Will Therapy with a Narcissist Help? Why it’s a Bad Idea

By Kim Saeed | Contemplating No Contact

Dec 12
will therapy with a narcissist help

Will therapy with a narcissist help?

After all, you’ve apparently committed some serious grievances against them. According to him or her, it’s a wonder you’re not on the FBI’s Most Wanted List. With their persuasion, you think back to the times you had nuclear meltdowns as you pick up the phone and dial your insurance company to find marriage counselors in your area.

You have been feeling high-strung and confused lately.  Maybe seeing a therapist will help you slip past your toxic partner’s defenses, leading to an improved relationship.

Before you start going down the list of marriage and relationship counselors, it’s important to consider that going to therapy with a Narcissist will accomplish three things: 1) waste time and money, 2) keep you in a relationship that is doomed to fail anyway and 3) likely result in your feeling like more of the “crazy lunatic” your partner keeps claiming you are.

The hard truth is that in my experience working with clients who have been pathologically abused–as well as the hours of research I’ve done–I’ve not come across one success story as it relates to couple’s therapy with a narcissist.

Not one.  (It sure did nothing to help me!)

Sure, your toxic partner might agree to go to counseling with you, but it’s not to make any improvements or lasting change. Narcissists don’t go to therapy because they finally realize they’re selfish and have been mistreating you.  They do it to keep you feeling hopeful (in order to keep you trapped longer) by enhancing their facade of trying to “make it work”.

Narcissists don’t go to therapy with goals in mind (such as improving their relationship with you).  They go to therapy with agendas in mind.

There are many reasons for the lack of counseling/therapy success with a narcissist, including:

  • Narcissists are masters at creating great impressions. Because of this, some naïve therapists side with the narcissist regarding the extreme and despicable claims made against the true victim – the one being emotionally and/or physically abused!
  • Narcissists are creatures of economy.  By the time they agree to go to counseling, they’ve committed numerous relationship crimes, and the easiest way to get you to forgive them is to feign remorse and agree to go to therapy.
  • Because there’s such a lack of applicable experience dealing with narcissists, most therapists have been trained to address subjective perceptions. Due to this, narcissists get away with playing the victim, which puts them in a one-up position in regards to the abuse dynamic that will inevitably get worse at home.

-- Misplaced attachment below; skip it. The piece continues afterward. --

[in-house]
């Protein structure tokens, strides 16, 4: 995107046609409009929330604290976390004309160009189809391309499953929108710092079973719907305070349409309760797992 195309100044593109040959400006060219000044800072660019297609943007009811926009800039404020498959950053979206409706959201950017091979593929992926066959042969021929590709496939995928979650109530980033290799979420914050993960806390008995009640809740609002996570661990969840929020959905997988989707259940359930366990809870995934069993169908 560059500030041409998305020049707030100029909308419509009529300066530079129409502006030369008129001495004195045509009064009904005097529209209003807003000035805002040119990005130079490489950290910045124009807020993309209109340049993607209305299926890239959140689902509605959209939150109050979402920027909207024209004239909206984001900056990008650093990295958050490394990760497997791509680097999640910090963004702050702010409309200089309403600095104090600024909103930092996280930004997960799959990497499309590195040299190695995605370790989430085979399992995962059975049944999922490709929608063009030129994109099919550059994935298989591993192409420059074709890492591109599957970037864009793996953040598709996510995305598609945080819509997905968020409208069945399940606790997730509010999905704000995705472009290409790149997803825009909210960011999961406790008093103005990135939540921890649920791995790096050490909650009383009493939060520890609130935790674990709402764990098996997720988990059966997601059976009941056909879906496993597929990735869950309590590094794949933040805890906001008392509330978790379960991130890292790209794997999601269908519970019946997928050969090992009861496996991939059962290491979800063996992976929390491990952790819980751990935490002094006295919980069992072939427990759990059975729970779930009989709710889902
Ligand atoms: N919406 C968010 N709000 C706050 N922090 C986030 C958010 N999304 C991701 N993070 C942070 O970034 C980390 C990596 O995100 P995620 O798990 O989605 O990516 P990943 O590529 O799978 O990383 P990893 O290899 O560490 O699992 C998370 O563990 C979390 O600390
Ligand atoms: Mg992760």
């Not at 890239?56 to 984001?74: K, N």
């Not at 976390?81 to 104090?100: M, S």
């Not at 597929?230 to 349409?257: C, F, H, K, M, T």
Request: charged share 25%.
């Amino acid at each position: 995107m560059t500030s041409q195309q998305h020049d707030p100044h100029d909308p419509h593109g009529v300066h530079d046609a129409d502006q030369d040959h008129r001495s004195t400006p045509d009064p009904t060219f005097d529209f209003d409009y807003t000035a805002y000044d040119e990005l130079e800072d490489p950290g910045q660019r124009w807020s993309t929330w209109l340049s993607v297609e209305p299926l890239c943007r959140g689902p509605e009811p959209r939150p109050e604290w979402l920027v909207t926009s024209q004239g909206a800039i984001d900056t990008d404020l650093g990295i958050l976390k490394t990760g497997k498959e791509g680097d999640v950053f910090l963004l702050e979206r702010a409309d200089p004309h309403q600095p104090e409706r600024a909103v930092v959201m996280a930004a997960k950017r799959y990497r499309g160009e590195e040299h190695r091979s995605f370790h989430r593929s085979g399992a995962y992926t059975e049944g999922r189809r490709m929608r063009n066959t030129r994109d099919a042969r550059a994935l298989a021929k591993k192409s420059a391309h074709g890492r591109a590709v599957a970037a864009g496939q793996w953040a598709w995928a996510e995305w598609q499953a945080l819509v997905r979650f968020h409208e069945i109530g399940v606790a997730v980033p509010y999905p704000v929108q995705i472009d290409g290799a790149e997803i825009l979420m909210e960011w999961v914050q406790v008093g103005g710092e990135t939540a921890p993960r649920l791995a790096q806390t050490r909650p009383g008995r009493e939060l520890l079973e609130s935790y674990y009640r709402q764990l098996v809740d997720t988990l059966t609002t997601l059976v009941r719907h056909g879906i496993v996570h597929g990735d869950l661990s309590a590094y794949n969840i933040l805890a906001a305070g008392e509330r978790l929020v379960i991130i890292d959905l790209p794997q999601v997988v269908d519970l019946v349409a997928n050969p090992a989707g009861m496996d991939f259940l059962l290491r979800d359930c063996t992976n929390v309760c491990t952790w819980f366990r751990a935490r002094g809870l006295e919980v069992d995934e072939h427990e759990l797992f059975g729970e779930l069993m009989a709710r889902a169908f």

• On the topic of subjective perceptions, the victim often goes along with what the therapist says, thus working double-time to improve the relationship…all in vain. (This is also due to the victim being co-dependent, which causes him or her to put in more than their fair share, anyway). The narcissist will not appreciate any efforts extended by their victim, and in fact may mock them, causing further emotional damage.
  • It’s not unusual for the narcissist to insist on seeing the therapist first. This gives him or her the opportunity to lay down false accusations and give the therapist a wrong impression of what’s actually going on in the relationship.
  • Many narcissists come into their relationships already “seeing a therapist”. This is a strategic move in order for them to pave the way for forgiveness when they commit relationship crimes, allowing them the perfect opportunity to justify their actions with the comments, “I’m seeing someone for that. Are you going to give up on me? How can you just leave me when I’m down?”…and all variations of guilting to keep their target enmeshed.
  • The victim, feeling safe and encouraged by the therapist, usually expresses their pain, disappointments, and may possibly confess to serious emotional or physical assault. This often makes things much worse for them at home, and strengthens the trauma bond, thus making it harder to leave.
  • Typically, the narcissist goes into the therapist’s office and morphs into a fictional, decent character. Once back at home, they return to their normal, abusive selves.

Please understand that this article is not meant to discourage anyone from seeking individual therapy. This post was written to highlight some of the reasons why therapy with the narcissist is a recipe for disaster.  

There are some very competent therapists who can detect a cluster-B disordered person within minutes of meeting one. Those who are skilled in this area will usually inform the abuse victim of their observations regarding the emotional abuse and exploitation dealt out by the narcissist, usually due to the narcissist’s sense of entitlement and tendency to be self-focused.  They don’t tend to admit to mistakes or be very open to considering another person’s perspective.  

Copyright © 2014 Kim Saeed. All Rights Reserved

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